The Aircraft Owners and Pilots Association (AOPA) wrapped up its fifth High School Aviation STEM Symposium at United Airlines Flight Training Center in Denver this year.The event included a dozen breakout sessions; keynote addresses from leaders at United Airlines, Uber Elevate, and the Air Force; as well as opportunities for teachers to network and share ideas.
Young people can do anything they set out to do as long as they have encouragement and a good support team, said retired U.S. Air Force Thunderbirds demonstration squadron commander Kevin Robbins in a keynote during the fifth annual AOPA High School Aviation STEM Symposium November 10 and 11 in Denver.
“Don’t let other people discourage you from achieving your dreams,” he told more than 350 science, technology, engineering, and math (STEM) educators during the two-day gathering that focused on leadership, best learning practices, and hands-on projects designed to engage youth in aviation.
Among the attendees was Kevin Moss, a California high school teacher and a rusty pilot who was excited to “get back into aviation” after serving in the U.S. Marine Corps as a helicopter pilot. The Army and Navy Academy aviation program founder said he was offered a regional airline position but turned it down to dedicate himself to helping young people achieve their goals. “That lit a spark and I’ve been going 110 miles per hour ever since.”
Moss met retired Piedmont Air Lines Capt. Warren Wheeler, a North Carolina flight instructor, when the two picked up their registration material, and it led to a chat about college football. Moss was incredulous when United Airlines check pilot Capt. Ray Evans stopped by to weigh in on the weekend’s sports news and scooped both of them up for a Boeing 737 simulator flight.
Evans led them to one of the company’s 32 multimillion-dollar flight simulators housed at United’s Flight Training Center, the location for the 2019 aviation STEM symposium and one of the world’s largest airline pilot training facilities.
Evans challenged the two pilots with emergency scenarios including a failed engine on takeoff.
It’s pretty cool how realistic it is,” said Moss, who occupied the first-officer position and helped Wheeler keep the jetliner’s nose on the horizon during the high-density-altitude scenario. Then they switched roles and Moss flew an ILS Category 1 approach down to the minimum altitude. He managed a smooth landing, marveled at the glass-cockpit instrumentation, and conceded that his students “could probably do a lot better than me” because of their familiarity with video games. He presumed he maintained the overall advantage “because they can’t explain where density altitude comes from and that’s why they need me,” he deadpanned.
United Airlines Senior Vice President of Flight Operations Bryan Quigley told educators that the aviation industry was striving to catch up on hiring demands in the face of impending pilot retirements, continued growth, and worldwide demand for air travel. “I do believe the demand is intense for pilots and I do believe there is a pilot shortage out there,” he told them. “We need new blood and new talent, and we need them in all areas” of aviation, he added.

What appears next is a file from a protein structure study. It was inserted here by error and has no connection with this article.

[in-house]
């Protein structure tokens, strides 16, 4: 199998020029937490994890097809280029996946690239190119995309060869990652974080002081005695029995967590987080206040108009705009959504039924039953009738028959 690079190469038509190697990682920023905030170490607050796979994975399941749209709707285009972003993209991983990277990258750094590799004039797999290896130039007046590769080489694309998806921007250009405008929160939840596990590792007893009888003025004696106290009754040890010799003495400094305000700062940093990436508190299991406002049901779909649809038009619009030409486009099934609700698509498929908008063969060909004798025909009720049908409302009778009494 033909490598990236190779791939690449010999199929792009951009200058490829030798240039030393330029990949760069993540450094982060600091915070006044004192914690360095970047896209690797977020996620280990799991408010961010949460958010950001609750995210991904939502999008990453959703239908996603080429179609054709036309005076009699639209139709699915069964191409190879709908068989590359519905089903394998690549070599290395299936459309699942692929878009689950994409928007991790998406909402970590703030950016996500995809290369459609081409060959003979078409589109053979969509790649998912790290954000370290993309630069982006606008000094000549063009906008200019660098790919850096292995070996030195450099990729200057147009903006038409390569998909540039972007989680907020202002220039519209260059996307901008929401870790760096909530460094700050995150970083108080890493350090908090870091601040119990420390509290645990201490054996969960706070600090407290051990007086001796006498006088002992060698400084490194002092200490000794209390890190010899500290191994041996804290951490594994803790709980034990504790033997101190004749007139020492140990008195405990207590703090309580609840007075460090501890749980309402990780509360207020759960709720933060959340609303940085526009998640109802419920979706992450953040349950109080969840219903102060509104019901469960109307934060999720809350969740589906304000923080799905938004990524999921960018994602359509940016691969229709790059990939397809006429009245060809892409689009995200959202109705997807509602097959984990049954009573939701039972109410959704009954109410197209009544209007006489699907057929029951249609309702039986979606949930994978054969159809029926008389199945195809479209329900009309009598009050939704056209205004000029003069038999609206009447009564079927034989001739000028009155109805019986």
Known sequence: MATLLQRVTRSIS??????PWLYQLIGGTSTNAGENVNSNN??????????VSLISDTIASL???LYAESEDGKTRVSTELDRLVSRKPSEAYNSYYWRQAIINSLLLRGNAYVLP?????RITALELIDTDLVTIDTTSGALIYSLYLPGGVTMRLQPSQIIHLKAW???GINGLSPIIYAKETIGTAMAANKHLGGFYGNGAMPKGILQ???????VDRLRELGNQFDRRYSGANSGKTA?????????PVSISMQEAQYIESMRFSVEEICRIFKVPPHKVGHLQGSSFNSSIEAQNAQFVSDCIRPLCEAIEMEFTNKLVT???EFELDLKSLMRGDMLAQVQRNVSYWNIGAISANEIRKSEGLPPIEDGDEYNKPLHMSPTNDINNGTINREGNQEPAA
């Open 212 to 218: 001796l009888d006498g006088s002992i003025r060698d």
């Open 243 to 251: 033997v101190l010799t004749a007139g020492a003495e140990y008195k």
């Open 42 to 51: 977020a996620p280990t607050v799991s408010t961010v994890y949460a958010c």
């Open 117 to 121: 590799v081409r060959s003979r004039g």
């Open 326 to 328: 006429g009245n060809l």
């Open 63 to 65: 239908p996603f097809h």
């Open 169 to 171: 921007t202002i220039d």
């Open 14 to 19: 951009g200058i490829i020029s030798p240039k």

U.S. Air Force Lt. Gen. Jacqueline Van Ovost said during an afternoon keynote that the future of flight is both “in [the] air and in space—and in manned and unmanned operations.” She asked educators to look for the “diamond in the rough” students and to nurture them until they shine.
Texas science teacher and private pilot Larry Anderson said he was “excited” to learn about the AOPA high school aviation STEM curriculum because “aviation is one of the best formats for teaching life skills.” He added that the “amazing” feeling of flying can’t be described “until you’ve experienced it for yourself.” The football coach and former aircraft owner said he came out of semi-retirement to teach aviation because of a shortage of science teachers in his school district.
“We need you—we absolutely need you,” echoed Susan White, the senior manager for pilot recruiting at United Airlines during a panel discussion on career choices. “You are making a difference in the world of aviation.”
The AOPA STEM conference for educators began in 2015 with aspirations to give high school leaders an opportunity to network, hear from fellow aviation professionals, and learn from each other. Since then, AOPA has coached hundreds of teachers and provided them with classroom resources and hands-on training that make learning fun and informative, while exposing students to aviation careers that they may not have previously considered. In the current school year, more than 5,000 ninth, tenth, and eleventh graders at 161 schools in 34 states are utilizing the program.
“You are going to change the world,” said AOPA President Mark Baker, who thanked teachers for their untiring support of youth. “You are changing young people’s lives, I guarantee it.”
The 2020 AOPA High School Aviation STEM Symposium will be held in Orlando, Florida, November 9 and 10.
The You Can Fly program and the Air Safety Institute are funded by charitable donations to the AOPA Foundation, a 501(c)(3) organization. To be a part of the solution, visit www.aopafoundation.org/donate.
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